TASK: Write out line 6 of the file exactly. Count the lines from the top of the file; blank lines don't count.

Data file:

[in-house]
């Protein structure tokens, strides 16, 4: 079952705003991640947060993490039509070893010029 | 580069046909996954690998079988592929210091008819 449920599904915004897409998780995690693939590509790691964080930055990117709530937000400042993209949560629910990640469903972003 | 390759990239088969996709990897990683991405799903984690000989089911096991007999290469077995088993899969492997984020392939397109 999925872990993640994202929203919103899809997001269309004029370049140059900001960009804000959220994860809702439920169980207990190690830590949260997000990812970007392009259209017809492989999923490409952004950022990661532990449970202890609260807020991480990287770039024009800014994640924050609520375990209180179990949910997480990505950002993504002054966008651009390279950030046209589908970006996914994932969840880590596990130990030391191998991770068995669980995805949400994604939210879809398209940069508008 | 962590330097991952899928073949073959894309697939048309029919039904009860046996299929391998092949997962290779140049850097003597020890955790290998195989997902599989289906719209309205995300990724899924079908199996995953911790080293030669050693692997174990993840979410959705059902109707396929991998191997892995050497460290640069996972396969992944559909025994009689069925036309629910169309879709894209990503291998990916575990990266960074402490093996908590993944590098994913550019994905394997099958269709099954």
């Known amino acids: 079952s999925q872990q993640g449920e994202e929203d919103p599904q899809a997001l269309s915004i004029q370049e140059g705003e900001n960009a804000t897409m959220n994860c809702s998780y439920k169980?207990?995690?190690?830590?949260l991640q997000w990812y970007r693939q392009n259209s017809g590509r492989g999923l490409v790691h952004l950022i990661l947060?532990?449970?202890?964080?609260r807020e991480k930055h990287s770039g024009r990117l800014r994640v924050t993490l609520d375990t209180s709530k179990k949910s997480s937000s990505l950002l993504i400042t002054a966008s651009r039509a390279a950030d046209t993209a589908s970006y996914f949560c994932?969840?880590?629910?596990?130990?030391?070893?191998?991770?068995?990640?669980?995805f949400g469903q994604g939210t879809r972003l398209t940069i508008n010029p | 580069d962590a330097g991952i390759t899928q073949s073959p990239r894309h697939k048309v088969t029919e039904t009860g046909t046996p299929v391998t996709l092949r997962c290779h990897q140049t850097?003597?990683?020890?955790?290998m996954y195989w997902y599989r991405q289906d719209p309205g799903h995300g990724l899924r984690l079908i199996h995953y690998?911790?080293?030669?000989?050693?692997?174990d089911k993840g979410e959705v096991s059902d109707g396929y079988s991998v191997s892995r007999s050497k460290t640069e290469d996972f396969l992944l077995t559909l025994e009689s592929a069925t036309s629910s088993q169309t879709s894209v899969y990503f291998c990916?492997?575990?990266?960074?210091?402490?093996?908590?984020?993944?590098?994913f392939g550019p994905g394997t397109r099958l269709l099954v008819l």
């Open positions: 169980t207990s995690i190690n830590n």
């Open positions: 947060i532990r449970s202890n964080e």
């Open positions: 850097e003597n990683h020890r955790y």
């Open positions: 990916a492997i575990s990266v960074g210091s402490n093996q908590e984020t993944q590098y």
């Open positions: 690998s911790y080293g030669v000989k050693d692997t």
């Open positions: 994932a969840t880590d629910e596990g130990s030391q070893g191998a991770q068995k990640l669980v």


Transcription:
């Open positions: 850097e003597n990683h020890r955790y």